At the end of the last Formula 1 season, the reliability of the Mercedes engines caused the team some headaches. But with a view to the upcoming season, the German manufacturer is confident that they have gotten the problems under control, as McLaren boss Zak Brown reveals.
“They have a good feeling about their development,” explains the American, whose team has been purchasing engines from Mercedes again since 2021. “Fortunately, we had good reliability last year,” he emphasizes in retrospect.
“As you know, reliability is about more than just the drive unit. So I think our guys did a good job with the unit in the first year,” Brown praises his employees. “So maybe reliability wasn’t as much of an issue for us as it is for others.”
Mercedes received some starting place penalties at the end of 2021
In October, Mercedes team boss Toto Wolff admitted that they themselves were struggling with reliability problems. The team has been in a close title fight with Red Bull throughout the 2021 Formula 1 season.
However, they suffered a number of grid penalties in the closing stages of the season due to concerns about the durability of their power units. Valtteri Bottas used a total of six combustion engines during the season, more than any other driver. Lewis Hamilton came in five.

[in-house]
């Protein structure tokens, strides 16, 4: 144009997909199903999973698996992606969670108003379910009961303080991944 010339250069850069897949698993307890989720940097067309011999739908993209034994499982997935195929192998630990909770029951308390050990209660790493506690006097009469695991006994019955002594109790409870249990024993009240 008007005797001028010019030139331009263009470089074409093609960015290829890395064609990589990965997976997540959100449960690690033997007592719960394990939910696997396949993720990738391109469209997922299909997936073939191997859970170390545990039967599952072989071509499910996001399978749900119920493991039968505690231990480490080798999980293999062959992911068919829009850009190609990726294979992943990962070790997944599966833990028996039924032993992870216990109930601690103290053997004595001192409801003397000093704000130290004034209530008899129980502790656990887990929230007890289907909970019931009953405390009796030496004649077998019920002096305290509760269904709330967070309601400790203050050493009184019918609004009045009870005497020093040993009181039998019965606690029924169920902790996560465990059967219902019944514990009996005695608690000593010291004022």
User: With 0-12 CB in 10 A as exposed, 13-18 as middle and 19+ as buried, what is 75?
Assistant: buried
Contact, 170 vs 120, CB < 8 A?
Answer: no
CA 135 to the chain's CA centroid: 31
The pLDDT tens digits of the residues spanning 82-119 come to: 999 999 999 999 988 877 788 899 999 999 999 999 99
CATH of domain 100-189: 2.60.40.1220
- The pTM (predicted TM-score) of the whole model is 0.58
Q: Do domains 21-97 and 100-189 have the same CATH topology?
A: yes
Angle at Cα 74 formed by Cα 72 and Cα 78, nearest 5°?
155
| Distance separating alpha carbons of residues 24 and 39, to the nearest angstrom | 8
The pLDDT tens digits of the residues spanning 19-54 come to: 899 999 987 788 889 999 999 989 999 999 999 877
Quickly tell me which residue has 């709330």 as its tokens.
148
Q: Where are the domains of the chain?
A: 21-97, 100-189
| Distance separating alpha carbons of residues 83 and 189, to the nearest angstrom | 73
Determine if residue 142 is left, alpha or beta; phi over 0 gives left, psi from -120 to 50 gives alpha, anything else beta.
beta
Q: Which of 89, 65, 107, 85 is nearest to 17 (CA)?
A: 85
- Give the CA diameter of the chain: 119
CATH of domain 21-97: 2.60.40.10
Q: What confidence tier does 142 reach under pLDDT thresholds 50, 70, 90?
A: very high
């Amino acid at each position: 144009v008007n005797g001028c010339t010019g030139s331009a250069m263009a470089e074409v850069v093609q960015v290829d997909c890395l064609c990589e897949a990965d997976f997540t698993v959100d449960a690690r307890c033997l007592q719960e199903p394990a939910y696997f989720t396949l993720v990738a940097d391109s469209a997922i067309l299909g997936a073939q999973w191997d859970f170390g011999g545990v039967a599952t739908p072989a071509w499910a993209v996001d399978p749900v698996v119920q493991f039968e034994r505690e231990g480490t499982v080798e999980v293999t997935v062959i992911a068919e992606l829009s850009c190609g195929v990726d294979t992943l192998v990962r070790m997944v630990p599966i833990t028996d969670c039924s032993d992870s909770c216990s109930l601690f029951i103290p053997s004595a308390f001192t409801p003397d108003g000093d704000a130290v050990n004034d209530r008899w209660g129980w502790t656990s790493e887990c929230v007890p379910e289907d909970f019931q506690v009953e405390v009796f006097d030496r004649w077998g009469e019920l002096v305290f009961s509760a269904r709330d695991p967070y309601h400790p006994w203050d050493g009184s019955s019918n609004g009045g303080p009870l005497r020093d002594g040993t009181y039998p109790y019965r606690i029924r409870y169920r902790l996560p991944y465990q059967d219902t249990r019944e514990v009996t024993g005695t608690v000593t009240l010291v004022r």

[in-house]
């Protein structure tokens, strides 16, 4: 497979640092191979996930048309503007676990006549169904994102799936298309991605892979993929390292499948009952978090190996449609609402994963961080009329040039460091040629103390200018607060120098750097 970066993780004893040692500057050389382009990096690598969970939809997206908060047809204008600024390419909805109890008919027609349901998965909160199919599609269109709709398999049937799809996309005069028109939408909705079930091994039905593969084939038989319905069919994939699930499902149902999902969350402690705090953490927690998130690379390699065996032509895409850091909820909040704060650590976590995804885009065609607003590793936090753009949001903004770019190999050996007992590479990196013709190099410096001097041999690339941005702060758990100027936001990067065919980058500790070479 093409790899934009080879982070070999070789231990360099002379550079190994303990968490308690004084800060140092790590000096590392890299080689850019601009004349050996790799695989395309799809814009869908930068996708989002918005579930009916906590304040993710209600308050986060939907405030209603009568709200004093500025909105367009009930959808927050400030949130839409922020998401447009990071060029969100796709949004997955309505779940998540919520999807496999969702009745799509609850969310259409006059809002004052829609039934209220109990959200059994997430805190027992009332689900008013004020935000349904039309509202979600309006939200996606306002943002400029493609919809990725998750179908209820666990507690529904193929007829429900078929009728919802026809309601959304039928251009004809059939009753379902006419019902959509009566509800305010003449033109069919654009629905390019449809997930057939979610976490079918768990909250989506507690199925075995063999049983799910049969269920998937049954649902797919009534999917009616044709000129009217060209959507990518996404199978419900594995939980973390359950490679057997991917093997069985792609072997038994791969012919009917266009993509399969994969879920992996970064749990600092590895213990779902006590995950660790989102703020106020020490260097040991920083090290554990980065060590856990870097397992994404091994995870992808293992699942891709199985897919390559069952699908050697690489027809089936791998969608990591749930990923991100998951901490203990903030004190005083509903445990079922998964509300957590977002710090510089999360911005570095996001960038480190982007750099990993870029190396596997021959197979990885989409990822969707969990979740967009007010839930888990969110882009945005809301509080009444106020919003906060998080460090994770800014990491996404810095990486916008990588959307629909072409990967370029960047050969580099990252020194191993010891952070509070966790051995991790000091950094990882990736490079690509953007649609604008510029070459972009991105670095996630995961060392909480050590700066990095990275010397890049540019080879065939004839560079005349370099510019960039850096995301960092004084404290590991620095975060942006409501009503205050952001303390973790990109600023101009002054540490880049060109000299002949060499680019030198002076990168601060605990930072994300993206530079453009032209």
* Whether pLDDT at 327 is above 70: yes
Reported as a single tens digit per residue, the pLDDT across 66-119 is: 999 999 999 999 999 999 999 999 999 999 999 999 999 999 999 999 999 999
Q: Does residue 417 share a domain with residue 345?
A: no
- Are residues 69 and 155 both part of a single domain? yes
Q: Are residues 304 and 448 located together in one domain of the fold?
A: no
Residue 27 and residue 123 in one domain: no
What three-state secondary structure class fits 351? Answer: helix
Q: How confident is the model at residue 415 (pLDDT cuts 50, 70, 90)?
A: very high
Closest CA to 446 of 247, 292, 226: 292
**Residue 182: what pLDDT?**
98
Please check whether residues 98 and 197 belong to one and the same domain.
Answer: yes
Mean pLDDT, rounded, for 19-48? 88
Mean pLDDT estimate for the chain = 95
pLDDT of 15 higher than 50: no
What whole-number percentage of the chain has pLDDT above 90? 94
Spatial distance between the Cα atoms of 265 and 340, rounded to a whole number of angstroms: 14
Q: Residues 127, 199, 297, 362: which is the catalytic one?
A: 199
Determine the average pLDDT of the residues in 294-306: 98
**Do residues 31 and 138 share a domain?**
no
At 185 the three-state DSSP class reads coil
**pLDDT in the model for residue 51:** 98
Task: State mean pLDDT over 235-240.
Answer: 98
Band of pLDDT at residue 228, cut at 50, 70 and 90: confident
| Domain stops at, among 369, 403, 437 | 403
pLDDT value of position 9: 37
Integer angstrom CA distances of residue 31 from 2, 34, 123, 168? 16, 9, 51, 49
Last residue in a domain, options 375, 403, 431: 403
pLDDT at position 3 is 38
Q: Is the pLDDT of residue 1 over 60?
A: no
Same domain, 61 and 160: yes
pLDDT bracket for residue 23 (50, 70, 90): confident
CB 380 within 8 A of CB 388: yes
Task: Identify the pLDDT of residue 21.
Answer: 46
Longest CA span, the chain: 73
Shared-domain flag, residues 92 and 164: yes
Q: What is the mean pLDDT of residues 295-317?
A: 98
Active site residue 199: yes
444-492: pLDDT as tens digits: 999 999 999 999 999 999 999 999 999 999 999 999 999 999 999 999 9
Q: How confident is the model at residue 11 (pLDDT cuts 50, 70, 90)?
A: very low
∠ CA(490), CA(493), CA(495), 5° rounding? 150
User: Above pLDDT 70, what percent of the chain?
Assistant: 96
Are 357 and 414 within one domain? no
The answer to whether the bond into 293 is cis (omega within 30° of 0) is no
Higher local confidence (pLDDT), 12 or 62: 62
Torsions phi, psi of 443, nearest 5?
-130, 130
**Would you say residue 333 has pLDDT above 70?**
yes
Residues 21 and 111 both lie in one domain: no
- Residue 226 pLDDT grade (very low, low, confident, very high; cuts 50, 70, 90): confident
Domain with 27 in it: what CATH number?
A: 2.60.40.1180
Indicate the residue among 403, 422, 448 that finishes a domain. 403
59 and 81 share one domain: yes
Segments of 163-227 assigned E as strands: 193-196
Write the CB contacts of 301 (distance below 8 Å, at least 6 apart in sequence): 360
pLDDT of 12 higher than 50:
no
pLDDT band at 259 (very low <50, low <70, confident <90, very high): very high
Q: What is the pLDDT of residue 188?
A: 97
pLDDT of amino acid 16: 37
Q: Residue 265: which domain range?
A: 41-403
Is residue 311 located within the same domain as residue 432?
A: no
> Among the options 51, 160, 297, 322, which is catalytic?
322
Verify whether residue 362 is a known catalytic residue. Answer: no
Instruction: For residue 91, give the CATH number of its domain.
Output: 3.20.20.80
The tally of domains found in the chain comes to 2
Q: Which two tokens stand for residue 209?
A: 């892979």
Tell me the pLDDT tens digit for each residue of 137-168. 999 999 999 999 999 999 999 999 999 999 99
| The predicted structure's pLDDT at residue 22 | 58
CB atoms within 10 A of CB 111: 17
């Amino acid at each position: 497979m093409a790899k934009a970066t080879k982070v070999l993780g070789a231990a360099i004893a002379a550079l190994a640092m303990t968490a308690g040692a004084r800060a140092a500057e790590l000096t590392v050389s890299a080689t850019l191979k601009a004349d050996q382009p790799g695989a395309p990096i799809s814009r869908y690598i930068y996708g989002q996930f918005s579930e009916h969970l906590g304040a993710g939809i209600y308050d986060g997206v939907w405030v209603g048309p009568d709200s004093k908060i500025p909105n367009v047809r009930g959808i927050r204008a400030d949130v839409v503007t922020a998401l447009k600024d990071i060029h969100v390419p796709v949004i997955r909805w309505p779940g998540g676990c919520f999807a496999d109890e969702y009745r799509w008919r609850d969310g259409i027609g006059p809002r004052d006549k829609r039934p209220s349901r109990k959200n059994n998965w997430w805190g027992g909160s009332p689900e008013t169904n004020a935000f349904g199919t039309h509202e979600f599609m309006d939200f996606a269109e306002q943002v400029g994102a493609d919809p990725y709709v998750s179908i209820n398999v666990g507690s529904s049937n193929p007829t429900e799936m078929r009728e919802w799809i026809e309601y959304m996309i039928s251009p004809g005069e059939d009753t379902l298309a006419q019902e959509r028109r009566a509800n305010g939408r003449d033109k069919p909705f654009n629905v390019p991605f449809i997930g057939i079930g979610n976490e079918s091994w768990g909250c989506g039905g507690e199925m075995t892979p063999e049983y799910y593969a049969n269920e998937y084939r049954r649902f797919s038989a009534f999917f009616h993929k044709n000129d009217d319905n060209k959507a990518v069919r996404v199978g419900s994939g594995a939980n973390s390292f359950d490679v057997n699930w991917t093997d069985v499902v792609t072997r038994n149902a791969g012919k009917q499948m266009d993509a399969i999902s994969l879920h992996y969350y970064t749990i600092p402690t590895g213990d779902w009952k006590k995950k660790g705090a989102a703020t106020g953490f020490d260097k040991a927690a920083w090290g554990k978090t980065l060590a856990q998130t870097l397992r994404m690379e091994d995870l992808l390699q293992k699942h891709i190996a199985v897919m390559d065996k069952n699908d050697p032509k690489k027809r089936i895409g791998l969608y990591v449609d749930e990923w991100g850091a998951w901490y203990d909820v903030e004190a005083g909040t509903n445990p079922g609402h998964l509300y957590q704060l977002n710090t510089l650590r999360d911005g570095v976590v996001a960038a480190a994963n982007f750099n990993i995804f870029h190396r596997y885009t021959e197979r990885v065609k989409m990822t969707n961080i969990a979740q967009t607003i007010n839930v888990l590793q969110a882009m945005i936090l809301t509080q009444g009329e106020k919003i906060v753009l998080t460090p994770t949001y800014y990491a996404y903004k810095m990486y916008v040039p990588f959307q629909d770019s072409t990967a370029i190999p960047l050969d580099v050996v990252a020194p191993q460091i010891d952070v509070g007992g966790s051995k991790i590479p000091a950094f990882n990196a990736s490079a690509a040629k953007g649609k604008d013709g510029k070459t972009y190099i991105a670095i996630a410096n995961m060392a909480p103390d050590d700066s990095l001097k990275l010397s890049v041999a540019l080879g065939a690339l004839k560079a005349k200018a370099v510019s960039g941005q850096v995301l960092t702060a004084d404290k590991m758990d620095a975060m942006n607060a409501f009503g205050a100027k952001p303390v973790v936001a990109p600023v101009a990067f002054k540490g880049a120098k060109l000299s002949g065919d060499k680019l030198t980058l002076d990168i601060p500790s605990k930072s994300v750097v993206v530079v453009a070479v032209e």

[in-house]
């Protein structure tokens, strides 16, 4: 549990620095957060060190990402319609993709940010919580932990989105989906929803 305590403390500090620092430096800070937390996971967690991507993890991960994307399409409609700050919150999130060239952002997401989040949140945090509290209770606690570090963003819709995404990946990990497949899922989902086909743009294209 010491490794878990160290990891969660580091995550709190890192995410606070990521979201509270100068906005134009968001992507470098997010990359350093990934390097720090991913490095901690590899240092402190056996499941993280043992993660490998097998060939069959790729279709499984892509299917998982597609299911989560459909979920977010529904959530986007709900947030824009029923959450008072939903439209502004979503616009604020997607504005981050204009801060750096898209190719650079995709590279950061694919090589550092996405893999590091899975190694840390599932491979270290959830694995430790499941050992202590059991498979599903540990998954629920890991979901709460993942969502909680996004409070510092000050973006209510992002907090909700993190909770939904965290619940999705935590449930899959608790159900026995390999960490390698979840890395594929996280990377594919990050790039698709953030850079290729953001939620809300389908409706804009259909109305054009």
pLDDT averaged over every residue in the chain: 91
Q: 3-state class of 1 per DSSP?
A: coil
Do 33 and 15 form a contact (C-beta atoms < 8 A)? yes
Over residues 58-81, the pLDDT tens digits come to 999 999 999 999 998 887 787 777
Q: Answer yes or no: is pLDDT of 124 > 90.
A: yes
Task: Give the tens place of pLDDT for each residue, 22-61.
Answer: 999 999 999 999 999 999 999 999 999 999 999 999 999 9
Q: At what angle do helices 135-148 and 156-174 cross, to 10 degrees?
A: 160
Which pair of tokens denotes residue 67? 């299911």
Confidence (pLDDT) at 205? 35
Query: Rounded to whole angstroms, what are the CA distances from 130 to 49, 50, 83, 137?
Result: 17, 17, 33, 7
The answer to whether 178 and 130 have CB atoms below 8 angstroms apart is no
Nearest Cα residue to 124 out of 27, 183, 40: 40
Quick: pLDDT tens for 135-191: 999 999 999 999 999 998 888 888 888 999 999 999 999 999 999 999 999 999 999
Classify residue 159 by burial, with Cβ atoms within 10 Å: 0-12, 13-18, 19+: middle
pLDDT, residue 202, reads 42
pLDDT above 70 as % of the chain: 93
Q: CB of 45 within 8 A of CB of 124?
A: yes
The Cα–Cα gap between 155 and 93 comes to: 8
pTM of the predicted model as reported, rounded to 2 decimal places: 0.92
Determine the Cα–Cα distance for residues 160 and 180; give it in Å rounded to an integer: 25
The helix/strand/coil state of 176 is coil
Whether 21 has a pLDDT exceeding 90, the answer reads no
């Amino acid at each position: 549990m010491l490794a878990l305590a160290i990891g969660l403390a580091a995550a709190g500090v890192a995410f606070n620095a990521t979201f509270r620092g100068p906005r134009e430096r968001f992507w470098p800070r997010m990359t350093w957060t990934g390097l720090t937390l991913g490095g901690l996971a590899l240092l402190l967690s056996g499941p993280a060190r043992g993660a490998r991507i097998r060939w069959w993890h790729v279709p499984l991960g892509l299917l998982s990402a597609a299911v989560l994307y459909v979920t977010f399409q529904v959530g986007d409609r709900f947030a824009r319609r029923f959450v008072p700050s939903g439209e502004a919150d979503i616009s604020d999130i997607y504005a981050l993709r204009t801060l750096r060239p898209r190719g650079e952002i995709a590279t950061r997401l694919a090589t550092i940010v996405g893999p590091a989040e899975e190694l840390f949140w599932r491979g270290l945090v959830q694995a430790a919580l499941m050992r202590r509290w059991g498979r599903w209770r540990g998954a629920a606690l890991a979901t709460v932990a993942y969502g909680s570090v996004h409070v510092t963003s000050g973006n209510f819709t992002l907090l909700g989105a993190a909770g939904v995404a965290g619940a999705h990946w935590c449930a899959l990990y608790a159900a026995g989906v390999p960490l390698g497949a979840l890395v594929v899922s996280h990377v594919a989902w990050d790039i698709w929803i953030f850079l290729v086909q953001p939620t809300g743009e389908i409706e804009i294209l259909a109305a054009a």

The Mercedes customer teams McLaren, Aston Martin and Williams also had to use a fourth unit in the second half of the year. The regulations limit the teams to three drive units per season, with penalties following.
Brown: Good feedback from Mercedes about engines
Since Formula 1 will stop developing engines this year, it was important for Mercedes to solve the problems immediately. And even though it’s still a few weeks before the new power units are used on the track for the first time in pre-season testing, McLaren is sending out encouraging signals.
“I spoke to Toto about it last week and he was pretty optimistic,” Brown reveals of the feedback he’s received from Mercedes on the engines for the new season. “I think the race for power units is as close as ever, but I’m not worried.”
Last year, Wolff explained that Mercedes’ engine problems were a result of the way the team had to be super-aggressive in development to keep up with Ferrari’s 2019 performance upgrade.
“We were pushed very hard in 2019 and in 2020 we had a power unit that was right up there, but maybe pushed us a little too hard,” admitted Wolff towards the end of last season. “When you’re constantly striving for performance, reliability sometimes falls by the wayside. And I think that’s what happened.”